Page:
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Astronomy tests William Optics’ new refractor

Superb craftsmanship and high-quality optics make this a 4-inch telescope you'll be proud to own.
William Optics' GT102 102mm f/6.9 Apo Refractor
William Optics’ GT102 102mm f/6.9 Apo Refractor weighs just 11 pounds (5 kilograms), so it’s great for grab-and-go astronomy.
Astronomy: William Zuback
To an amateur astronomer, nothing says flexibility like a good refractor. That’s why I jumped at the chance to review the William Optics GT102 102mm f/6.9 Apo Refractor. Perfect for grab-and-go observing, lens-type telescopes are capable of stunning wide-field views, high-power double star splits, and excellent lunar and planetary images. And that’s not even mentioning astroimaging.

The design has other benefits as well. Such scopes are essentially maintenance free, lightweight, and portable. The biggest drawbacks have typically been cost per inch of aperture and that bugaboo of the refractor design — false color (fringes around bright objects like the Moon and planets).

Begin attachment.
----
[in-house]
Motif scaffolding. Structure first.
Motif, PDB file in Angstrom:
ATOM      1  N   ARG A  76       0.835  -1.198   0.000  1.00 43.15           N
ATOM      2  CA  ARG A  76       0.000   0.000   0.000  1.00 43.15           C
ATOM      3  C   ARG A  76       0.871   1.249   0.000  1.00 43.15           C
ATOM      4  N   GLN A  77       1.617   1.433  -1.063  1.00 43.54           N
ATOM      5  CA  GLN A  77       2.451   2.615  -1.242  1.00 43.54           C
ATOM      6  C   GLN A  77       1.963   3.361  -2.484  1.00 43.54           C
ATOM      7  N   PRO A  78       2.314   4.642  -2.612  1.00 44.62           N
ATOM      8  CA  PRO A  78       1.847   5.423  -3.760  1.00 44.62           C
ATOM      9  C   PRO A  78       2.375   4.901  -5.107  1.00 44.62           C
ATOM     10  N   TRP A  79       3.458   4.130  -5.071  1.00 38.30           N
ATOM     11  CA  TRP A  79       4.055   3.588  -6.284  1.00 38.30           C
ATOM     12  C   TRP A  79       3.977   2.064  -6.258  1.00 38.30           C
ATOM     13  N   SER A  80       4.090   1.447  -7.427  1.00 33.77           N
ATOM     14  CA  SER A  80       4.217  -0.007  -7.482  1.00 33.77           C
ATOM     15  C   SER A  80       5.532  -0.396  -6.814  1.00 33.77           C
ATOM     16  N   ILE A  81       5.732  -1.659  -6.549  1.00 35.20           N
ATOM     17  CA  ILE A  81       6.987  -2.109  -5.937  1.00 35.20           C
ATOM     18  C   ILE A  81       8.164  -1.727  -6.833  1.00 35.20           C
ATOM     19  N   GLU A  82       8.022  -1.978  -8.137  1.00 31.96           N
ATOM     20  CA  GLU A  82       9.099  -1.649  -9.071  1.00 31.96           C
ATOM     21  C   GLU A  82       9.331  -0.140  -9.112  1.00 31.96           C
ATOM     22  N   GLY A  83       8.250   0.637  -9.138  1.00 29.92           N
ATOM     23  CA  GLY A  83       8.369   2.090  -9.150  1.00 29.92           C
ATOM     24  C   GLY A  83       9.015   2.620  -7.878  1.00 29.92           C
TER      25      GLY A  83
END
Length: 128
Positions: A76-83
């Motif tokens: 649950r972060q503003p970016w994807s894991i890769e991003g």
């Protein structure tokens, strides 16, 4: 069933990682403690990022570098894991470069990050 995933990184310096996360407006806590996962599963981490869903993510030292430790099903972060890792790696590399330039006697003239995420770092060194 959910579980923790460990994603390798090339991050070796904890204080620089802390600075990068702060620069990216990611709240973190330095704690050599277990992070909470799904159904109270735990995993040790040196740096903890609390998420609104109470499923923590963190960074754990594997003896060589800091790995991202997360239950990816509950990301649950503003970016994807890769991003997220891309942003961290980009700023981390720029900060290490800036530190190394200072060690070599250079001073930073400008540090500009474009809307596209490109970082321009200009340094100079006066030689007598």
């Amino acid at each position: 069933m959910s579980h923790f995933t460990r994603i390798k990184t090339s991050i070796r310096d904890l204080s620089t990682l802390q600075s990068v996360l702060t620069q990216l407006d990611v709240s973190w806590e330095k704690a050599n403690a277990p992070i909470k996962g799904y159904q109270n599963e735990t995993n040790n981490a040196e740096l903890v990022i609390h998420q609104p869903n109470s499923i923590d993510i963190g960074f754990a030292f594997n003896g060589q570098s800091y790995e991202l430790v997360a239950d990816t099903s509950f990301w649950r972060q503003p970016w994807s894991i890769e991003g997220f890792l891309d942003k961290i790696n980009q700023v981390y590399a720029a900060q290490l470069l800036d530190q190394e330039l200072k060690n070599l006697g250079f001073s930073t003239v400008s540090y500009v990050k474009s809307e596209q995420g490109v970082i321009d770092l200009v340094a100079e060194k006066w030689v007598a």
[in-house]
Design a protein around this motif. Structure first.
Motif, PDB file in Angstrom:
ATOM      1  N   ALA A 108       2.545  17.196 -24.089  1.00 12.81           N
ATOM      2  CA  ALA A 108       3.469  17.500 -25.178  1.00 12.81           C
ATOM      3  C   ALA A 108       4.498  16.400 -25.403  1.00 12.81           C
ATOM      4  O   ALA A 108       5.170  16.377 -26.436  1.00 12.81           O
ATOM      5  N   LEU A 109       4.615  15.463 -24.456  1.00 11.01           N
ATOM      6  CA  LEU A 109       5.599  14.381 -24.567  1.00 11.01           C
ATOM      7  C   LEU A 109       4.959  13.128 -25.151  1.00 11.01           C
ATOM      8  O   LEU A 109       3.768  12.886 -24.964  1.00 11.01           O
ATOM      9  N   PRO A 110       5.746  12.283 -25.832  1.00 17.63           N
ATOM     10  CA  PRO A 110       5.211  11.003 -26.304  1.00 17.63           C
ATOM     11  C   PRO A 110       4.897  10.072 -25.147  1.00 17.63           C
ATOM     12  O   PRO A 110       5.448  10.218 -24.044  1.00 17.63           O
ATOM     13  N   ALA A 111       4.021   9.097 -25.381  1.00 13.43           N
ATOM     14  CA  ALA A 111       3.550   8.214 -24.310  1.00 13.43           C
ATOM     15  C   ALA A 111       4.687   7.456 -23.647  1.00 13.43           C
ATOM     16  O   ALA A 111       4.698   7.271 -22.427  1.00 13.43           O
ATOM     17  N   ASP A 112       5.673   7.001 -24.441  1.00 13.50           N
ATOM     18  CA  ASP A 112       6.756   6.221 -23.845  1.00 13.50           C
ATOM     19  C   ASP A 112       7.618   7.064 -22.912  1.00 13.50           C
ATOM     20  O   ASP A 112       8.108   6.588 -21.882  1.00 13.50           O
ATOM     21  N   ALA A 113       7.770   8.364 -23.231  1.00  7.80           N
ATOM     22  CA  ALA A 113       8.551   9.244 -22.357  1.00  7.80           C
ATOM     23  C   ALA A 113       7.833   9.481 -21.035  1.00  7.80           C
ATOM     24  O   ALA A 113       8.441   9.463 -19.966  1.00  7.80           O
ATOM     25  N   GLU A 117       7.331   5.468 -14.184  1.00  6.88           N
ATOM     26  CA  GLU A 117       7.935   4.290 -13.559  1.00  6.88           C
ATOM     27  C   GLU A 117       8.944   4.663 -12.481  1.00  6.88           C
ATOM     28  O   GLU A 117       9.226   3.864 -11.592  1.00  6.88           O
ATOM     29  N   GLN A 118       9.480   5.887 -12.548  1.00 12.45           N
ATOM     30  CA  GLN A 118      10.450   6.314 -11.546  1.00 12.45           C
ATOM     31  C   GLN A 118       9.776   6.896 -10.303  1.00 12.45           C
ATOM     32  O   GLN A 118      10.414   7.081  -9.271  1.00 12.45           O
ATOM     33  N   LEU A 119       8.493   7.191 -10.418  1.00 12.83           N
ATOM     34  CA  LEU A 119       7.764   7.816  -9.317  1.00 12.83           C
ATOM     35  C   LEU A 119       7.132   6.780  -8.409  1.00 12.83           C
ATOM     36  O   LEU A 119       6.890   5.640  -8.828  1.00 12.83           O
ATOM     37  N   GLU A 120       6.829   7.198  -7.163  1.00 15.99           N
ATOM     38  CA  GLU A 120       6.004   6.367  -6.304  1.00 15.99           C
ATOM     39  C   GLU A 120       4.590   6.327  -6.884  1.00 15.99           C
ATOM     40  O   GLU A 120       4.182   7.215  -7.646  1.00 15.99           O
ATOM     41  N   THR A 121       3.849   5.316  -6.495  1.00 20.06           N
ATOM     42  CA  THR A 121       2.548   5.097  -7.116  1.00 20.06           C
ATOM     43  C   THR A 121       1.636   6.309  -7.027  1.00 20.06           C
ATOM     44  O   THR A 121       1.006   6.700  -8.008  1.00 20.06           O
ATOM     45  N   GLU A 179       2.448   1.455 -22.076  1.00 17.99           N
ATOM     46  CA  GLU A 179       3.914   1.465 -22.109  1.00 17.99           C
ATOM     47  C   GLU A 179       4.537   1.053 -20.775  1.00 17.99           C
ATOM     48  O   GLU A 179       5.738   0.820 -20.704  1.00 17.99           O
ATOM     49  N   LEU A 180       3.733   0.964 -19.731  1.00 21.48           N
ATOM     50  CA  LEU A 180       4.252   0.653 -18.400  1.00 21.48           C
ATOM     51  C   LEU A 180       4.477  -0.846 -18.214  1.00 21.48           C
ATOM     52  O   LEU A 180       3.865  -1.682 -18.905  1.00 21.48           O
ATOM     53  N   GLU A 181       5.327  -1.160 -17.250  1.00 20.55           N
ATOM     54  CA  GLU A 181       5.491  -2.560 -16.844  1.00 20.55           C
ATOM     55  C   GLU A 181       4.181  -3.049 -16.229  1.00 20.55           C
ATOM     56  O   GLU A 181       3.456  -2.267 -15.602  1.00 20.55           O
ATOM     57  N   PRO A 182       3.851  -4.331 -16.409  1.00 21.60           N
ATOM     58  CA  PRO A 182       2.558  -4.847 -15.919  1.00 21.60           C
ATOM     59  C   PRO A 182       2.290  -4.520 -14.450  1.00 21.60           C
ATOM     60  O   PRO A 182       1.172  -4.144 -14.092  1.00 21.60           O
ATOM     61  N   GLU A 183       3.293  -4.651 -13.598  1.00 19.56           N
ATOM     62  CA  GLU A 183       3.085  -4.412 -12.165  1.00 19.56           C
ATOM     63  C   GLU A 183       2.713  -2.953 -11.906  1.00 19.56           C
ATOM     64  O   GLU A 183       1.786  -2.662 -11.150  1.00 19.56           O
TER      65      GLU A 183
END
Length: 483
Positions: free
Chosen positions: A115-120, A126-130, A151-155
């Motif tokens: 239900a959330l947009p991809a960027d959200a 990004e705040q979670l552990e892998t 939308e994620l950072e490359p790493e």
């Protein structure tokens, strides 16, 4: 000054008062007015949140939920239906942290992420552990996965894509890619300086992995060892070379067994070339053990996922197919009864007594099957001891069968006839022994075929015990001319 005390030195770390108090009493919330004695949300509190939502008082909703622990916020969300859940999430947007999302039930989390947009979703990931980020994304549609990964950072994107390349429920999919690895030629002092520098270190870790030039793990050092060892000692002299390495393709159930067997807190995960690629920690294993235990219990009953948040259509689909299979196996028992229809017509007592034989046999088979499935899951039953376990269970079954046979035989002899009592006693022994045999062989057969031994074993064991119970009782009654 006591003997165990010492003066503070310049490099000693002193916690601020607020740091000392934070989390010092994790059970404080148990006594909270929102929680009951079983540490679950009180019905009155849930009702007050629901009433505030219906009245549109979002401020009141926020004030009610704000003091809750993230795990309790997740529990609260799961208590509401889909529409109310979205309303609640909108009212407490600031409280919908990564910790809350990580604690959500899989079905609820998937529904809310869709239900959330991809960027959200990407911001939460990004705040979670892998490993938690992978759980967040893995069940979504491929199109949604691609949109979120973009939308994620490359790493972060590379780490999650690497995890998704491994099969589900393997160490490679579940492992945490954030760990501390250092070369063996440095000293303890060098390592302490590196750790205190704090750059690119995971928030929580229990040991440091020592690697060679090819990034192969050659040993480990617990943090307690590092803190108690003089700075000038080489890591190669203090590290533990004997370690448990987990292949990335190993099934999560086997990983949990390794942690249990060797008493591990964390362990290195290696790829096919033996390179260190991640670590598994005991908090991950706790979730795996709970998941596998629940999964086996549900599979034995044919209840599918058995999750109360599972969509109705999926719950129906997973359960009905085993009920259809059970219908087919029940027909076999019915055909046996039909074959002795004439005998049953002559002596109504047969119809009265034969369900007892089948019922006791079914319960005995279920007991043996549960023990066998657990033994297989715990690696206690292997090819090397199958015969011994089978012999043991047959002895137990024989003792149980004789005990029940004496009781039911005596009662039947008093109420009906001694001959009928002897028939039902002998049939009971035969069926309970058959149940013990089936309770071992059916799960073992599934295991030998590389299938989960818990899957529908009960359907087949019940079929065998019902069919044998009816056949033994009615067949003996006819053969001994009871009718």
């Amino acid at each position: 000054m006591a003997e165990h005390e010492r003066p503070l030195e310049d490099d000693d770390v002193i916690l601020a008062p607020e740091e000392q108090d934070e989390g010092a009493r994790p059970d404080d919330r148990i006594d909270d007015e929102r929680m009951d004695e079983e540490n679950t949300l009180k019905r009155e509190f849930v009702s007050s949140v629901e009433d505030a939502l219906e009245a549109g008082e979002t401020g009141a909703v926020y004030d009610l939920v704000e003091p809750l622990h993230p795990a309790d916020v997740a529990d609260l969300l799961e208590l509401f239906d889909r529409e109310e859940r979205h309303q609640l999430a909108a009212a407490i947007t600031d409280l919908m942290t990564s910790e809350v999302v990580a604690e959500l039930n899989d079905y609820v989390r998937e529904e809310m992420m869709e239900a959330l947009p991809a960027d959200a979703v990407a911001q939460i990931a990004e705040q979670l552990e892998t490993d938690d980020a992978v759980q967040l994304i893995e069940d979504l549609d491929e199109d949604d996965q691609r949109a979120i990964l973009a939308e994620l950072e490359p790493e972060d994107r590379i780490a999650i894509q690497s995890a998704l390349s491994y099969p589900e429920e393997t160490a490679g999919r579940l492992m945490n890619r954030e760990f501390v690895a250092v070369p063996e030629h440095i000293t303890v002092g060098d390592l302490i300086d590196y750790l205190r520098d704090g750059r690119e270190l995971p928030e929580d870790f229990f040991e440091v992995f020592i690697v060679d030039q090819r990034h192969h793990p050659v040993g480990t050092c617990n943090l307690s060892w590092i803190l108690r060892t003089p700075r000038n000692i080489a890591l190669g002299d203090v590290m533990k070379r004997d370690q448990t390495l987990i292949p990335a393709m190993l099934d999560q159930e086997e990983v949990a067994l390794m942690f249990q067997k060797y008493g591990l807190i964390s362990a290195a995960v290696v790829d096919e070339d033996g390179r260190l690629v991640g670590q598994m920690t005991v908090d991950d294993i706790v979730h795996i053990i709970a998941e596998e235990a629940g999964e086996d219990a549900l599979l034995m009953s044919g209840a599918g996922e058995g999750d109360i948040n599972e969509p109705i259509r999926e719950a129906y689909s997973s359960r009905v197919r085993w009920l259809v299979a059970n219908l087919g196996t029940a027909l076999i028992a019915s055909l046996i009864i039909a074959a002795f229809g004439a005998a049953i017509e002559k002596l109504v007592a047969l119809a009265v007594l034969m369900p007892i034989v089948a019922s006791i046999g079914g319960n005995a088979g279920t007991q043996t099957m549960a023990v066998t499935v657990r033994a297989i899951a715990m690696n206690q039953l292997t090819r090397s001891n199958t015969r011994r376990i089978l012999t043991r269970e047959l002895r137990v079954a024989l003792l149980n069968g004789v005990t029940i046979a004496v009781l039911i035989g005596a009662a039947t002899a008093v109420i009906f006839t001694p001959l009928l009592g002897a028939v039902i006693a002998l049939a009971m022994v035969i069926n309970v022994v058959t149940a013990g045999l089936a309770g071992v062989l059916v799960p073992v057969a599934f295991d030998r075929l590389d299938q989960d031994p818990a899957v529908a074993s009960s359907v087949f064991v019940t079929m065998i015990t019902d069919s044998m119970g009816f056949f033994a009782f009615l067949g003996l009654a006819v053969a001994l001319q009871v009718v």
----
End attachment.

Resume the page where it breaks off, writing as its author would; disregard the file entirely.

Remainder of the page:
While there are many refractor designs, for most observers it boils down to just two: achromatic and apochromatic. In their day, achromats brought all wavelengths of light to focus in a much smaller circle than their predecessors. This dramatically reduced false color at the eyepiece. Typically having lenses that combine two types of glass, they remain popular today.

If you’re looking for a faster (i.e., wider field) telescope, however, color error begins to rear its ugly head. In the 1980s, designers realized that they could combine glass with rare elements to bring colors to an even tighter focus. Thus, the apochromat now generally available was born.
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ObservingforBeginners_MedRec
Observing the night sky is a fun and easy activity that anyone can do, but getting started can be daunting for beginners.
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